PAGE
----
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WikiLeaks and the changing forms of information politics in the "Network Society"

Sreedharan, Chindu, Thorsen, Einar and Allan, Stuart ORCID: 2012. WikiLeaks and the changing forms of information politics in the "Network Society". Downey, Ed and Jones, Matthew A., eds. Public Service, Governance and Web 2.0 Technologies: Future Trends in Social Media, Premier reference source, Hershey, PA: Information Science Reference,, pp. 167-180. (10.4018/978-1-4666-0071-3.ch011)

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This chapter offers an analysis of one instance of “mass self-communication” namely the website WikiLeaks. Founded in 2006 by Australian internet activist Julian Paul Assange, WikiLeaks aimed to facilitate an anonymous electronic drop box for whistleblowers. WikiLeaks has promoted the cause of investigative journalism, organising citizens into a powerful force of news-gatherers, and laying bare a wealth of privileged information. By first disrupting and then decentralising relations of power, WikiLeaks encourages new ways of thinking. At the heart of this process is a radical recasting of what counts as a public service ethos, one which promises to reinvigorate traditional conceptions of journalism’s role and responsibilities in a democratic culture.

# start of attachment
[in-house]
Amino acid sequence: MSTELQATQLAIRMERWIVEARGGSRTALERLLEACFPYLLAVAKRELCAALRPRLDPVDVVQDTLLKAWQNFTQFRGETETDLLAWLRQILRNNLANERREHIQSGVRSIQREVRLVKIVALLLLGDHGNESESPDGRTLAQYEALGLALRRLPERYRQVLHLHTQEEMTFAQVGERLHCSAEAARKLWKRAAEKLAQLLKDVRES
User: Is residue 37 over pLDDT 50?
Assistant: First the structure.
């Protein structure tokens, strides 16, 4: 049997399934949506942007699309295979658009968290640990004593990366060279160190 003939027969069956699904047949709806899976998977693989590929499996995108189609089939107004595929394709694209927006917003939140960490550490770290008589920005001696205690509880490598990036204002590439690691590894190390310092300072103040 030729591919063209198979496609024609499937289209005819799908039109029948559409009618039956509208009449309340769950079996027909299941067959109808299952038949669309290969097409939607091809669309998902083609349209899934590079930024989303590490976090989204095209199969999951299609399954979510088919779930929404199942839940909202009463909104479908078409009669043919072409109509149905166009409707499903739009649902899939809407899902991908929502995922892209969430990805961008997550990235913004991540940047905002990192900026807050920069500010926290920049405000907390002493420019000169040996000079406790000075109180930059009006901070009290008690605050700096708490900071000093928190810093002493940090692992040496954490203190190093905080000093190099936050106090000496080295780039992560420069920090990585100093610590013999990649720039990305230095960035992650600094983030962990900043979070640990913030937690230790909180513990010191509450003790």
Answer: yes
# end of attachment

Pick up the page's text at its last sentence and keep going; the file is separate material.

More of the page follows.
Item Type: Book Section
Date Type: Publication
Status: Published
Schools: Journalism, Media and Culture
Subjects: J Political Science > JF Political institutions (General)
Publisher: Information Science Reference,
ISBN: 9781466600713
Last Modified: 25 Oct 2022 09:06

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